Kangaroos are mostly active at night, dawn, and dusk when the hot sun is less of a factor. This is also when they do most of their foraging and feeding. Unlike ruminants, which possess stomachs with multiple chambers, kangaroos have single-chambered stomachs. However, like ruminants, they will occasionally regurgitate plant matter that they have previously eaten and chew it as cud. While some kangaroos, such as eastern grey kangaroos, are grazers, others like the red kangaroo are foragers. Kangaroos evolved very specific teeth to accommodate their grazing habits. They possess sharp incisors capable of shearing grass and flat molars designed for grinding grass for easier digestion. Over time their teeth are ground down by the silica in the grass. To address this issue, they grow new teeth in the back of their mouths to replace the ones that fall out.
What Do Kangaroos Eat in the Wild?
In the wild, kangaroos are strict herbivores that live on native plant material and other vegetation. Eastern grey kangaroos and antilopine kangaroos are predominantly grazers and live mostly on different wild grasses. In particular, eastern grey kangaroos enjoy grazing on young green grasses. That said, they will also eat fungi and shrubbery on occasion. On the other hand, red kangaroos and western grey kangaroos are foragers. While their diet mostly consists of grasses, they frequently eat the leaves from shrubs and trees. Additionally, they may also eat parts from certain flowering plants. Generally speaking, kangaroos tend to eat more grass when the weather is hot and dry, and more leaves during and shortly after the rainy season when plants flourish.
What Do Captive Kangaroos Eat?
Although kangaroos are common in Australia and New Guinea, they are not native anywhere else in the world. As a result, they are popular attractions in zoos across the globe. People love to watch these kangaroos hop around on their giant feet, and particularly enjoy the sight of a baby kangaroo resting in its mother’s pouch. Zoos that choose to keep kangaroos must pay special attention to a kangaroo’s diet to ensure it’s eating properly. By and large, kangaroos that live in captivity are often fed a similar diet to wild kangaroos. That said, rather than wild grasses, captive kangaroos are often fed hay or alfalfa. Many zoos also feed their kangaroos a pellet formula specially formulated for grazing animals. Some zoos will supplement their kangaroos’ diet with fruits such as apples and bananas, as well as certain vegetables. Common options include carrots, broccoli, and greens such as dandelion and lettuce.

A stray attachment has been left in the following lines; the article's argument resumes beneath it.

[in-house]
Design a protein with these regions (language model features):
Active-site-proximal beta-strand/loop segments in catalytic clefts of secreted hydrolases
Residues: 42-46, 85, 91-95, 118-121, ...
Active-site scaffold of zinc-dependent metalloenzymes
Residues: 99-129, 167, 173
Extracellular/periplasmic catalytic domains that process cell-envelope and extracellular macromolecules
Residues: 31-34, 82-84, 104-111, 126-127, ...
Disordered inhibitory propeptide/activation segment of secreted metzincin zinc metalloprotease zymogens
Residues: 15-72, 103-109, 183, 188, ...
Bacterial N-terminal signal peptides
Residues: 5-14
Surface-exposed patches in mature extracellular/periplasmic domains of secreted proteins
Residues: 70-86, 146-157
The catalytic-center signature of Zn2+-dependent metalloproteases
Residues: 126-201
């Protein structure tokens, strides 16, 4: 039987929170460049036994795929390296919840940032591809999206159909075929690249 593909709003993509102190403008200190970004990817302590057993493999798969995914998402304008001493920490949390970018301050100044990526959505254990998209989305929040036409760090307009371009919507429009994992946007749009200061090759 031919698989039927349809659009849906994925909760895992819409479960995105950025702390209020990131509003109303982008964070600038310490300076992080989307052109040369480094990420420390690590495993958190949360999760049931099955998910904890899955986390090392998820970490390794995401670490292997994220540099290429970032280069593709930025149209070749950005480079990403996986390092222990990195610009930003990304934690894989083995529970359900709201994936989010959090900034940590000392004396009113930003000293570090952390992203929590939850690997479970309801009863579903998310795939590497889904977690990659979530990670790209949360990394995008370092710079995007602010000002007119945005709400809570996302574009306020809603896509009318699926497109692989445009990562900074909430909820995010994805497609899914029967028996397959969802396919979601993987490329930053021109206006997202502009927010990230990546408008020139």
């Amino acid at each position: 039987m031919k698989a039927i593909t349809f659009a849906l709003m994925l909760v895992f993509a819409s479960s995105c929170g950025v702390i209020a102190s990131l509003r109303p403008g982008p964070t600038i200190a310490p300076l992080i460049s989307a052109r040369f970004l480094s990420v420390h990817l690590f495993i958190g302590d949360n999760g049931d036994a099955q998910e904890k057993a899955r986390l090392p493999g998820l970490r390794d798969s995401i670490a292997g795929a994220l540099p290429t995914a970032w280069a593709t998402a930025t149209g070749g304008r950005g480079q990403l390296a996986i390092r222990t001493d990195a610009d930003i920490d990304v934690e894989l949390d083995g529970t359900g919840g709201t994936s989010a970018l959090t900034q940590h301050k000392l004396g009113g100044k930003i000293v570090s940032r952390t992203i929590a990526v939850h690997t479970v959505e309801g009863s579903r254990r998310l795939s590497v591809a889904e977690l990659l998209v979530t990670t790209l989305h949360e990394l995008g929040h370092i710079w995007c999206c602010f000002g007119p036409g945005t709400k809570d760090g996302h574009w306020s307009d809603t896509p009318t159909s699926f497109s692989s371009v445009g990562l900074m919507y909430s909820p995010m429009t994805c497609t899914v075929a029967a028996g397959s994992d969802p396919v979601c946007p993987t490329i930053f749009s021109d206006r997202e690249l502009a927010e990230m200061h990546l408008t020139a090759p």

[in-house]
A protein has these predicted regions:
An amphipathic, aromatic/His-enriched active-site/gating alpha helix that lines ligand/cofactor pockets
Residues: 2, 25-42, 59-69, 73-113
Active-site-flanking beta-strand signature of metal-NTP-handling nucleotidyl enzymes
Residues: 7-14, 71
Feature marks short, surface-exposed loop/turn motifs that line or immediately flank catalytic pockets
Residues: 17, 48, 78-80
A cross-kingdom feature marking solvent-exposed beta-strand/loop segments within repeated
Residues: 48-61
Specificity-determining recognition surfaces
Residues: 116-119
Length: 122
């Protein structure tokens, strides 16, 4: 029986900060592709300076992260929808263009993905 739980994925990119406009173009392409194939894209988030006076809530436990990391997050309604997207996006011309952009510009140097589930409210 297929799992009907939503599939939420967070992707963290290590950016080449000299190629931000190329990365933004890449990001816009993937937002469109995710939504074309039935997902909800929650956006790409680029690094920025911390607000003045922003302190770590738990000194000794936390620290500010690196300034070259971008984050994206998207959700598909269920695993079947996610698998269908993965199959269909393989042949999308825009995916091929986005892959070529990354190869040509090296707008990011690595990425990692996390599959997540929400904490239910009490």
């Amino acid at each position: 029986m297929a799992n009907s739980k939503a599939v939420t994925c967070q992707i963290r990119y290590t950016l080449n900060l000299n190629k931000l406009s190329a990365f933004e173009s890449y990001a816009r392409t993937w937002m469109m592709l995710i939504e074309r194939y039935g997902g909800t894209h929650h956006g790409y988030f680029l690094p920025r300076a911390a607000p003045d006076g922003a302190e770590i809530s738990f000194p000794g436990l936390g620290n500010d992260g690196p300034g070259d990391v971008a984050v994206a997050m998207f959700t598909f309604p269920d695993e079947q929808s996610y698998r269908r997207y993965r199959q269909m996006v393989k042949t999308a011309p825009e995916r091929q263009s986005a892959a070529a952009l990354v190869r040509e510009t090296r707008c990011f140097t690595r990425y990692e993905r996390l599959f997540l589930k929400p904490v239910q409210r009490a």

What Do Baby Kangaroos Eat?
Like other marsupials, kangaroos give birth to live young that are born relatively prematurely. Female kangaroos only gestate their embryos for around 34 days, which means the young require extra time to develop outside of the mother’s uterus. Baby kangaroos, or joeys, measure only around 1 inch long at birth and are born hairless and completely blind. Upon birth, the helpless joey will crawl into its mother’s pouch, where it will remain for the first four to six months of its life. At first, joeys are so weak that they can’t even suckle for their mother’s milk. To accommodate this, female kangaroos will pump milk into their offspring’s open mouths. At around four to six months old, the joeys are old enough to venture out and start to eat some grasses and shrubs. By eight to ten months old, they are big enough to leave the pouch completely.